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16. The Resurrection
1And when the sabbath was past, Mary Magdalene, and Mary the mother of James, and Salome, bought spices, that they might come and anoint him. 2And very early on the first day of the week, they come to the tomb when the sun was risen. 3And they were saying among themselves, Who shall roll us away the stone from the door of the tomb? 4and looking up, they see that the stone is rolled back: for it was exceeding great. 5And entering into the tomb, they saw a young man sitting on the right side, arrayed in a white robe; and they were amazed. 6And he saith unto them, Be not amazed: ye seek Jesus, the Nazarene, who hath been crucified: he is risen; he is not here: behold, the place where they laid him! 7But go, tell his disciples and Peter, He goeth before you into Galilee: there shall ye see him, as he said unto you. 8And they went out, and fled from the tomb; for trembling and astonishment had come upon them: and they said nothing to any one; for they were afraid. 9Now when he was risen early on the first day of the week, he appeared first to Mary Magdalene, from whom he had cast out seven demons. 10She went and told them that had been with him, as they mourned and wept. 11And they, when they heard that he was alive, and had been seen of her, disbelieved. 12And after these things he was manifested in another form unto two of them, as they walked, on their way into the country. 13And they went away and told it unto the rest: neither believed they them. 14And afterward he was manifested unto the eleven themselves as they sat at meat; and he upbraided them with their unbelief and hardness of heart, because they believed not them that had seen him after he was risen. 15And he said unto them, Go ye into all the world, and preach the gospel to the whole creation. 16He that believeth and is baptized shall be saved; but he that disbelieveth shall be condemned. 17And these signs shall accompany them that believe: in my name shall they cast out demons; they shall speak with new tongues; 18they shall take up serpents, and if they drink any deadly thing, it shall in no wise hurt them; they shall lay hands on the sick, and they shall recover. 19So then the Lord Jesus, after he had spoken unto them, was received up into heaven, and sat down at the right hand of God. 20And they went forth, and preached everywhere, the Lord working with them, and confirming the word by the signs that followed. Amen.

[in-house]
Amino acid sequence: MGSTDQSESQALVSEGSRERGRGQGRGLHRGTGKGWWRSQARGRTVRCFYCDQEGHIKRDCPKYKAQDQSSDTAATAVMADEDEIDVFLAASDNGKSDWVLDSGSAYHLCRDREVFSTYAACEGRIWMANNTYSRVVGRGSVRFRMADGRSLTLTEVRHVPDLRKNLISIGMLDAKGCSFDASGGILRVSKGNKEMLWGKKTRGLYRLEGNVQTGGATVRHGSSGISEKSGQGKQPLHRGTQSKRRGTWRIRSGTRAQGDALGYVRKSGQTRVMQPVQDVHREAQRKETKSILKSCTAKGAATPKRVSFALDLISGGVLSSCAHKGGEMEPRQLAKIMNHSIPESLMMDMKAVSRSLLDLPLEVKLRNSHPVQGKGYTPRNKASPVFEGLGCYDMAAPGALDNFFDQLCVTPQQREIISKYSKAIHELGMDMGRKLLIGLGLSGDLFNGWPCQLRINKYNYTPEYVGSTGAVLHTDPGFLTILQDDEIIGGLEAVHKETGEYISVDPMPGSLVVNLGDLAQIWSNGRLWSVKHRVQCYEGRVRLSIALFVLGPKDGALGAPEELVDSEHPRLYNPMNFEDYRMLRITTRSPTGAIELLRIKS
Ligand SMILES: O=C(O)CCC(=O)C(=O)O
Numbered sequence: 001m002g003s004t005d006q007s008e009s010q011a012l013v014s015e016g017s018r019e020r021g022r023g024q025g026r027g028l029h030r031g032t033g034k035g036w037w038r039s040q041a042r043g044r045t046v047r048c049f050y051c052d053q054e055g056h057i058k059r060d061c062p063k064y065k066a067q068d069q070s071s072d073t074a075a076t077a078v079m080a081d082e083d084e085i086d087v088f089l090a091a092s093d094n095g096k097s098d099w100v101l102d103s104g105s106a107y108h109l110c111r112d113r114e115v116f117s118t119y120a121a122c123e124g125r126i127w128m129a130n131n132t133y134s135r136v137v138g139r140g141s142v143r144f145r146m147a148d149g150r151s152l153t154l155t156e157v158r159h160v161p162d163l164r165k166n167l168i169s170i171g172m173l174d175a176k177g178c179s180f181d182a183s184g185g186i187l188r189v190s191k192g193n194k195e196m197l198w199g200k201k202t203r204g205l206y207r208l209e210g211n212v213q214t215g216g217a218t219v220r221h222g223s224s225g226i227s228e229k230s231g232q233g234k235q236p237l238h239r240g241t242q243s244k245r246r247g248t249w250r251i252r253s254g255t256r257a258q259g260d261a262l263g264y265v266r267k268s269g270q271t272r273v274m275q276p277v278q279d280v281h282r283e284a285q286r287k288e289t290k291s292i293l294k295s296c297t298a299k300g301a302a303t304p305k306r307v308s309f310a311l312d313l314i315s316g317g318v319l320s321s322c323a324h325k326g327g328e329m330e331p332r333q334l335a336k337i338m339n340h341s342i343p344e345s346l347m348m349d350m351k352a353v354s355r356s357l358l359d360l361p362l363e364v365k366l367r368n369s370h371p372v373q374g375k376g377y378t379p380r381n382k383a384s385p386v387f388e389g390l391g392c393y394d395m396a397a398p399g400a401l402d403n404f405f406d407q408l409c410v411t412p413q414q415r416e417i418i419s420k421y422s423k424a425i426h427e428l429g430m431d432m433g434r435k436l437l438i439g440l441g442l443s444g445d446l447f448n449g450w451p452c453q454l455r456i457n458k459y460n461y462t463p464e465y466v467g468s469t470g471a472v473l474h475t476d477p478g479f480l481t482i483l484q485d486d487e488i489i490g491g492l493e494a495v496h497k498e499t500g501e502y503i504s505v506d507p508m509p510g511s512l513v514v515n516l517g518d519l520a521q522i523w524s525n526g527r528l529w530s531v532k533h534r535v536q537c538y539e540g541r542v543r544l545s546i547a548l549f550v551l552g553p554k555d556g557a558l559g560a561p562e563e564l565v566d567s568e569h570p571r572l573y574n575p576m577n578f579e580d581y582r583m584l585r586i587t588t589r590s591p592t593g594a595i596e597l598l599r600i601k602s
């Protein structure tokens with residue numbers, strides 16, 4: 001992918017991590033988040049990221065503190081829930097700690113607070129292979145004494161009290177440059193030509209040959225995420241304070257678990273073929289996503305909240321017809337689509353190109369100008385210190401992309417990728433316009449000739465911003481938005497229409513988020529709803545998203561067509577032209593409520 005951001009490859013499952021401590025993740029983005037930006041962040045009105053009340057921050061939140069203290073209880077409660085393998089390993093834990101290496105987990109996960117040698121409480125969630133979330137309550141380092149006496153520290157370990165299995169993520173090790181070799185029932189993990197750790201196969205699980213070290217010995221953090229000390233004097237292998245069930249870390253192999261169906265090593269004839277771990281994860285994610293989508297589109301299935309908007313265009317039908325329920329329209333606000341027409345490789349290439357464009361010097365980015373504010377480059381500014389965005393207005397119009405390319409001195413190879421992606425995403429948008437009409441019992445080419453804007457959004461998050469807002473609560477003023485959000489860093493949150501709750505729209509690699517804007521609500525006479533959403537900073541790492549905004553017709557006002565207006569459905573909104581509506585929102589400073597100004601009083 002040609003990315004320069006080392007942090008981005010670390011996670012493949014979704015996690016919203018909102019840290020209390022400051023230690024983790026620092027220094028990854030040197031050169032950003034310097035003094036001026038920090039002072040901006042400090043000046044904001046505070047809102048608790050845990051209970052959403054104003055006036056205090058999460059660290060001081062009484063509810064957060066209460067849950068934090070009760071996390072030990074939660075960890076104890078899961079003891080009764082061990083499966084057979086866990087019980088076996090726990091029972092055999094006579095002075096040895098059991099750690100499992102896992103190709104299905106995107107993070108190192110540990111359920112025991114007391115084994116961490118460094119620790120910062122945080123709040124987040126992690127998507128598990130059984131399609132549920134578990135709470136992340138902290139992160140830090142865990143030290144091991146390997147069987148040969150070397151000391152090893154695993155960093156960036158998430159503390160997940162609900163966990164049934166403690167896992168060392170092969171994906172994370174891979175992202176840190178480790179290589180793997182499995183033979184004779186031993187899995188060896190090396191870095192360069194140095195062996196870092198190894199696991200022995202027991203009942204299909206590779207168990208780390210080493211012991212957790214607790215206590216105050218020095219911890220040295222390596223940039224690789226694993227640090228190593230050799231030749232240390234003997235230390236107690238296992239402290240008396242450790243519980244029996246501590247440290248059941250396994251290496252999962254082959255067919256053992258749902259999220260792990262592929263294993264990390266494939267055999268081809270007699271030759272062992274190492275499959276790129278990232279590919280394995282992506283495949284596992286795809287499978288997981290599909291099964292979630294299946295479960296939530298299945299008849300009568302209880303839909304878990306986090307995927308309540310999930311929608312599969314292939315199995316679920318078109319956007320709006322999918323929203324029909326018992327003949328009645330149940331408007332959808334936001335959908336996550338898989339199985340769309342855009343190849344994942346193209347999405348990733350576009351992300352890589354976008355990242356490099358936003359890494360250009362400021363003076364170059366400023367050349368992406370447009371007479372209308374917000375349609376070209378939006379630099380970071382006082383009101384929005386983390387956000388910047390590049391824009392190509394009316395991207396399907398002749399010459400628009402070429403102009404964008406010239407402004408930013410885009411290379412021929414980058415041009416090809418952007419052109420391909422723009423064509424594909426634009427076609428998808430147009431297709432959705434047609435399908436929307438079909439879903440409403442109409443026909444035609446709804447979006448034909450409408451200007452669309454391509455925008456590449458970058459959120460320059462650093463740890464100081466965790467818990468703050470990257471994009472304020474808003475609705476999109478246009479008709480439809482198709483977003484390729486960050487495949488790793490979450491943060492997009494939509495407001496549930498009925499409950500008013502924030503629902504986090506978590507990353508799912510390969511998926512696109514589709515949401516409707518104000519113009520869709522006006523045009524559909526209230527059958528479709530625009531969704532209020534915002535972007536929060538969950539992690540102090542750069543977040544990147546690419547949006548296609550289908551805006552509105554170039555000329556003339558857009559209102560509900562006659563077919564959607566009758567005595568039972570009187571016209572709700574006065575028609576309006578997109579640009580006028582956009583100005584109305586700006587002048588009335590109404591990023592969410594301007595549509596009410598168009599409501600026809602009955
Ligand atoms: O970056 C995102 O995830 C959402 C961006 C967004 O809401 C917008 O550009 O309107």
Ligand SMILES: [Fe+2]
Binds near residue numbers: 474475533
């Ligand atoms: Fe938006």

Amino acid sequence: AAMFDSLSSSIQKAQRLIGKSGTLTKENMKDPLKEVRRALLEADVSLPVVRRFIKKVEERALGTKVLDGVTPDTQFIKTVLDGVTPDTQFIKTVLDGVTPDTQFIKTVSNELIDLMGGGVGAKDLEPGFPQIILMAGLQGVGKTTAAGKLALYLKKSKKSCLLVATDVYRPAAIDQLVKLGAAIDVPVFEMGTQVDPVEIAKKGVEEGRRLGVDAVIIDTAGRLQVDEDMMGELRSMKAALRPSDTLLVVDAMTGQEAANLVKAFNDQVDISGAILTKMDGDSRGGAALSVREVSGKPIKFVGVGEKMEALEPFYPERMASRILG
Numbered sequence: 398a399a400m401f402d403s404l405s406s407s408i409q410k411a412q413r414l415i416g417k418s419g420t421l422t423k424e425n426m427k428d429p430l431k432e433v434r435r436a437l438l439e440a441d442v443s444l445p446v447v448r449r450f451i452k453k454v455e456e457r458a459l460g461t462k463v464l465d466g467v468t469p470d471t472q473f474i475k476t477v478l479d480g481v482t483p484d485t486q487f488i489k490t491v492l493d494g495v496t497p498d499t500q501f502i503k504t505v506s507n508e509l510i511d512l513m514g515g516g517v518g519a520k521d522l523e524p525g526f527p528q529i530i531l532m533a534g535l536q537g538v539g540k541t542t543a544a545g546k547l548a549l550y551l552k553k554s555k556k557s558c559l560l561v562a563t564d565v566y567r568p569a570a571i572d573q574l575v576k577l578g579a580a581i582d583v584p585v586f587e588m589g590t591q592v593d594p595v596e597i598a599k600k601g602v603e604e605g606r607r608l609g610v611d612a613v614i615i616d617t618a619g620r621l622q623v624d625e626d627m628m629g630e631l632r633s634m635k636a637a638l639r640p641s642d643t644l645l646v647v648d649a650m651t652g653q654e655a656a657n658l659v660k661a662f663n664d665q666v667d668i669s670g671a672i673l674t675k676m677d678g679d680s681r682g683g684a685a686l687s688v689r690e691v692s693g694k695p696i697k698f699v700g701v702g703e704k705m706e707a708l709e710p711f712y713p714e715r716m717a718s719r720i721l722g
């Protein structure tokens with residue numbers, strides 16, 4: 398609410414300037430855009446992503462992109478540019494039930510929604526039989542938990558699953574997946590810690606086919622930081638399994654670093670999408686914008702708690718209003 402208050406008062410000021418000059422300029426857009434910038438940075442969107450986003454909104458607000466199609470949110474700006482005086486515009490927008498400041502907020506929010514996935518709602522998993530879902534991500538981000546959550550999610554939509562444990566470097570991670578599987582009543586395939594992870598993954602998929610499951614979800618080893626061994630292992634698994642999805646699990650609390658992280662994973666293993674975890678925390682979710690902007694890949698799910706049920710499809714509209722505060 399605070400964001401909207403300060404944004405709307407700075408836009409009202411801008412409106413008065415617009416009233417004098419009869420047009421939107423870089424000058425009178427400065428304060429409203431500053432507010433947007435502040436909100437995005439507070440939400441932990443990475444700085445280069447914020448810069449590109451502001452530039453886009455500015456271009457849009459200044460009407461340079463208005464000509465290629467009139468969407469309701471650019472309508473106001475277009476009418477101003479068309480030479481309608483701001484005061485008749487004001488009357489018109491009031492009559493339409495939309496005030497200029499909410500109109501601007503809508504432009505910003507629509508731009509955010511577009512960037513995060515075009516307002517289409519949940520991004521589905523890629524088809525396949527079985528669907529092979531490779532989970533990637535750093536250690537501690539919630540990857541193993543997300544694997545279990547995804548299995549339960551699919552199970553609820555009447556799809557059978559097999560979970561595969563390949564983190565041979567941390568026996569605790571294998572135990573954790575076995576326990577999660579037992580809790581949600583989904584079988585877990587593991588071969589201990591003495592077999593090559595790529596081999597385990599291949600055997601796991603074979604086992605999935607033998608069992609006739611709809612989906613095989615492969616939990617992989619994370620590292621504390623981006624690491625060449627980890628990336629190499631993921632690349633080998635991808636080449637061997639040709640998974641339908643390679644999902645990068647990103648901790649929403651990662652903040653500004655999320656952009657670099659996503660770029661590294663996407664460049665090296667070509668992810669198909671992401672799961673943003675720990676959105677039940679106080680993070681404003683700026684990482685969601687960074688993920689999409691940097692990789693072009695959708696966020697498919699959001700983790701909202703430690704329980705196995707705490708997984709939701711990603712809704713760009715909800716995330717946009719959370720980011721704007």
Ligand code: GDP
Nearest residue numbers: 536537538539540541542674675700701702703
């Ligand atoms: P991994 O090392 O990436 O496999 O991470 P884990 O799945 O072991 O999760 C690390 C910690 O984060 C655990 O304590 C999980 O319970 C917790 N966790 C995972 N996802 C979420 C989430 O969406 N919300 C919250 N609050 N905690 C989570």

Mark 16:14. Afterwards he appeared to the eleven, while they were sitting. The participle (ἀνακειμένοις) which some have rendered sitting at table, ought, in my opinion, to be simply rendered sitting; and it is not without reason that I take this view of it, if it be agreed that the Evangelist here describes the first appearance; for it would have been an unseasonable hour of supper about midnight. Besides, if the cloth had been laid, 322322 “Si la nappe eust esté mise.” this would not have agreed with what Luke shortly afterwards says, that Christ asked if they had anything to eat. Now, to sit is the Hebrew phrase for resting in any place.
And upbraided them with their unbelief and hardness of heart. This reproof corresponds more to the first appearance than to the second; for since, the disciples, as John tells us, (20:20) were glad when they had seen the Lord on the day after the Passover, their unbelief was then rebuked. To restrict these words of Mark to Thomas alone, as some have done, appears to be forced; and, therefore, I prefer to explain them simply as meaning, that when Christ first appeared to the apostles, he reproved them for not believing the testimony of eye-witnesses, who informed them of his resurrection. And yet when he condemns their hardness of heart, it is not solely because they did not give credit to men, but because, after having been convinced by the result, they did not at length embrace the testimony of the Lord. Since, therefore, Peter and Mary, Cleopas and his companion, were not the first witnesses of the resurrection, but only subscribed to the words of Christ, it follows, that the rest of the apostles poured dishonor on the Lord by refusing to believe his words, though they had already been proved by their result. Justly, therefore, are they reproached with hardness of heart, because, in addition to their slowness, there was wicked obstinacy; as if they had intentionally desired to suppress what was evidently true; not that they intended to extinguish the glory of their Master, or to accuse him of falsehood, but because their obstinacy stood in the way, and hindered them from being submissive. In short, he does not here condemn them for voluntary obstinacy, as I have already said, but for blind indifference, which sometimes hardens men that otherwise are not wicked or rebellious.